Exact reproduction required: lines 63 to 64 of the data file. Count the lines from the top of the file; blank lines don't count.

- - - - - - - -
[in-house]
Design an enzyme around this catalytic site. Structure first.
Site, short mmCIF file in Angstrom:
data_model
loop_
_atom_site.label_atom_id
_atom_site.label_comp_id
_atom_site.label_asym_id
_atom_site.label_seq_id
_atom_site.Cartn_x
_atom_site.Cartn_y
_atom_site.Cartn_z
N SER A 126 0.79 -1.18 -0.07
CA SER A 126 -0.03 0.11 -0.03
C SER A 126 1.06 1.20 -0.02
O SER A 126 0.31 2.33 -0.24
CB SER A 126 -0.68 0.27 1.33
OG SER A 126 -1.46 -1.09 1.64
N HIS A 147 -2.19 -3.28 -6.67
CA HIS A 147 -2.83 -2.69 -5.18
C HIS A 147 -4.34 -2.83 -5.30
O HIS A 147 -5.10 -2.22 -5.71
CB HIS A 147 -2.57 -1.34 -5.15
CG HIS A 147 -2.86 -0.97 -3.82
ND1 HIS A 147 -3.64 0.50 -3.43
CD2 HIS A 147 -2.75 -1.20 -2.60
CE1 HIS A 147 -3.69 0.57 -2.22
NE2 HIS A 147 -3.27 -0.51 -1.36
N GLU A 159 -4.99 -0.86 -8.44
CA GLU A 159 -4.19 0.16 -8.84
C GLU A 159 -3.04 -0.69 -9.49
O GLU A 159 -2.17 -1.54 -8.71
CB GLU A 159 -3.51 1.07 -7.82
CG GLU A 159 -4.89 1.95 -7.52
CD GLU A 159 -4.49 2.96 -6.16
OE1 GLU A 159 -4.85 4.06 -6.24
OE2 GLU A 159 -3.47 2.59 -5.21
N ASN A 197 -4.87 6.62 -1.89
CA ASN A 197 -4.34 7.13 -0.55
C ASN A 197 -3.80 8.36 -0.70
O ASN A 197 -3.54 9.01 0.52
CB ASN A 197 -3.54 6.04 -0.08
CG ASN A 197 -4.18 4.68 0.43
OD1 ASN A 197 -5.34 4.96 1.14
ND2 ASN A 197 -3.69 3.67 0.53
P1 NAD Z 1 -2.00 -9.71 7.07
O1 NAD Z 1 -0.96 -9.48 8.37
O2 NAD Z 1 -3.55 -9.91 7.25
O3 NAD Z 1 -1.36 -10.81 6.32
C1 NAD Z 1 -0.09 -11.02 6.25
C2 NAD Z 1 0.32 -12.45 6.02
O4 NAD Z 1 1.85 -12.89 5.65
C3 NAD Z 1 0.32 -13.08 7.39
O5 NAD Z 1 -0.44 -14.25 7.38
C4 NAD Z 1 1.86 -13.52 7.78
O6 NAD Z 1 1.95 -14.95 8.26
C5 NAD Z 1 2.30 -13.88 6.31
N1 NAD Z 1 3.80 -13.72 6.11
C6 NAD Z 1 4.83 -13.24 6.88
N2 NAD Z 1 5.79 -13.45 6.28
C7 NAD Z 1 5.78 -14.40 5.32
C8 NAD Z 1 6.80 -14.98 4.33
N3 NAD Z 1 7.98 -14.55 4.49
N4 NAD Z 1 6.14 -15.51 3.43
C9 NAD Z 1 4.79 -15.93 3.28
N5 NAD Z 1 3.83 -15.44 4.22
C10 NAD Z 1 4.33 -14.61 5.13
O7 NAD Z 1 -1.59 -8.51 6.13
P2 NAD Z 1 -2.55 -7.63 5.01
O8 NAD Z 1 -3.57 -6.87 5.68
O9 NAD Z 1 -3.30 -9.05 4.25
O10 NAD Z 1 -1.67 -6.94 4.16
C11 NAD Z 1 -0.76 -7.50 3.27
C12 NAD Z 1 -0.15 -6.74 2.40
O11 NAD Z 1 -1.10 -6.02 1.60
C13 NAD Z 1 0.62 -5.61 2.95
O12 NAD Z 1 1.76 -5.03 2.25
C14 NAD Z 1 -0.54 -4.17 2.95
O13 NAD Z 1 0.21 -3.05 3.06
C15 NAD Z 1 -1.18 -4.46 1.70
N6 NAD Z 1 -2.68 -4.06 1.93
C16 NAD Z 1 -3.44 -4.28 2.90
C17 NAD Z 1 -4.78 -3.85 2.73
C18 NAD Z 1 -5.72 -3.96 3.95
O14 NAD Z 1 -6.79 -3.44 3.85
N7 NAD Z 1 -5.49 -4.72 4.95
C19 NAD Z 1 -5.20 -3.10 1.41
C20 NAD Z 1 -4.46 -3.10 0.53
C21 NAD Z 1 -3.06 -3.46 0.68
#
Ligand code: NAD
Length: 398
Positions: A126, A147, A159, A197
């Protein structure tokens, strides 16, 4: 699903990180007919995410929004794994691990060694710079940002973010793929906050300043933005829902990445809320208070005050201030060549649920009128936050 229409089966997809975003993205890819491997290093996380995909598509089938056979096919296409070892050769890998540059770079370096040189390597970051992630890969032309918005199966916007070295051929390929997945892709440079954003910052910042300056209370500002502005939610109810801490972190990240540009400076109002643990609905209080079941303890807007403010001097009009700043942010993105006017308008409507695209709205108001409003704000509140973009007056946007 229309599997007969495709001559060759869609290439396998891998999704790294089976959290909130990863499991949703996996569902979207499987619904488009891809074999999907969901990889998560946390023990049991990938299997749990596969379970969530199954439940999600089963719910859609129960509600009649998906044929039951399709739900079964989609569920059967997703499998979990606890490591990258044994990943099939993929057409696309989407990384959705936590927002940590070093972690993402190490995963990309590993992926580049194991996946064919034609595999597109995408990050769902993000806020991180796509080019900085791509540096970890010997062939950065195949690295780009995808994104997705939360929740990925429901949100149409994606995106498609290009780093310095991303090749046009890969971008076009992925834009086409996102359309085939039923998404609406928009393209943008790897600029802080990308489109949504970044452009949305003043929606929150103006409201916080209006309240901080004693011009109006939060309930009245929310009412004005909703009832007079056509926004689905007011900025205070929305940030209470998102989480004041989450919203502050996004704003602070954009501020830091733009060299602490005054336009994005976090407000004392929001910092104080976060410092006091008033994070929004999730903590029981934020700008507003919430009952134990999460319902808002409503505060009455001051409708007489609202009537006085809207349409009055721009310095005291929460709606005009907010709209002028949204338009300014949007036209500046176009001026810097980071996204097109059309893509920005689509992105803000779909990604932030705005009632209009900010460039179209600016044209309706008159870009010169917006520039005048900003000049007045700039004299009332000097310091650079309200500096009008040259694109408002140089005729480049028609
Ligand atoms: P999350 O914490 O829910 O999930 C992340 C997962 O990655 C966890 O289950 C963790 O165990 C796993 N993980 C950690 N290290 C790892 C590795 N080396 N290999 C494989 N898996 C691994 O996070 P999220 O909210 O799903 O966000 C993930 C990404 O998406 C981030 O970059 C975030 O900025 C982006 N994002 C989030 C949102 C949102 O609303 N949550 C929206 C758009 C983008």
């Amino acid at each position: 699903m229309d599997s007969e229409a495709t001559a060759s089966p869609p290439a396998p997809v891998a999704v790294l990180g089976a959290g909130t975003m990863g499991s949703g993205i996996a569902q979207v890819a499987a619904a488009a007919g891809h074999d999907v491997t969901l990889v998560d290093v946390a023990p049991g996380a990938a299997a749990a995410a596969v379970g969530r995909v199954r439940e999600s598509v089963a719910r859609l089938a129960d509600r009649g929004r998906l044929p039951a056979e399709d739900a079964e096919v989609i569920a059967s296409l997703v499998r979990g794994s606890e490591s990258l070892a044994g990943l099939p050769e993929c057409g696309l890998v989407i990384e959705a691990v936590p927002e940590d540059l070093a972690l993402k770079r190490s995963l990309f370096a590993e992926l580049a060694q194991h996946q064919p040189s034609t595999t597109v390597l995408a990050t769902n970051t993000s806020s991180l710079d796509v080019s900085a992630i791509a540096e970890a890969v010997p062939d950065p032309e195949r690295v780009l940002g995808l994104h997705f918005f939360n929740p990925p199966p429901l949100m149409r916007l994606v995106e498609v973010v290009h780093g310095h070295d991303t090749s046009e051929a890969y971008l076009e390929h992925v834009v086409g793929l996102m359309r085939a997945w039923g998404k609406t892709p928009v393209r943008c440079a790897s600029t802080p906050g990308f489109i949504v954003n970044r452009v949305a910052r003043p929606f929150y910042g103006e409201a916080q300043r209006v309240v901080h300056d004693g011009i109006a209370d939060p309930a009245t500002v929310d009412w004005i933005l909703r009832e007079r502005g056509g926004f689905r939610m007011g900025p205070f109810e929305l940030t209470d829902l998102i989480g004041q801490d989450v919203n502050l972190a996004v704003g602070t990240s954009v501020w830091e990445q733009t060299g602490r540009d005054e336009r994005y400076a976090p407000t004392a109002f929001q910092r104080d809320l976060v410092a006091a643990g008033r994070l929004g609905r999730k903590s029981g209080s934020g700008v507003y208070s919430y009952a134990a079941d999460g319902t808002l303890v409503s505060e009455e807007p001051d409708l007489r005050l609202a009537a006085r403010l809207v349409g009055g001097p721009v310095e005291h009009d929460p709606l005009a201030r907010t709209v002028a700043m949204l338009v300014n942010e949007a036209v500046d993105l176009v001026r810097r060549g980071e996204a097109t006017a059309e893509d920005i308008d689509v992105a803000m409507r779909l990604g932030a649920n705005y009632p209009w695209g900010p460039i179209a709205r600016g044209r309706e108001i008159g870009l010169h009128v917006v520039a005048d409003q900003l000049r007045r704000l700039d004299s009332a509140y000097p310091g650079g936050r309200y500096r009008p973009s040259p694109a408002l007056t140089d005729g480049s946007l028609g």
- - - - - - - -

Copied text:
N3 NAD Z 1 7.98 -14.55 4.49
N4 NAD Z 1 6.14 -15.51 3.43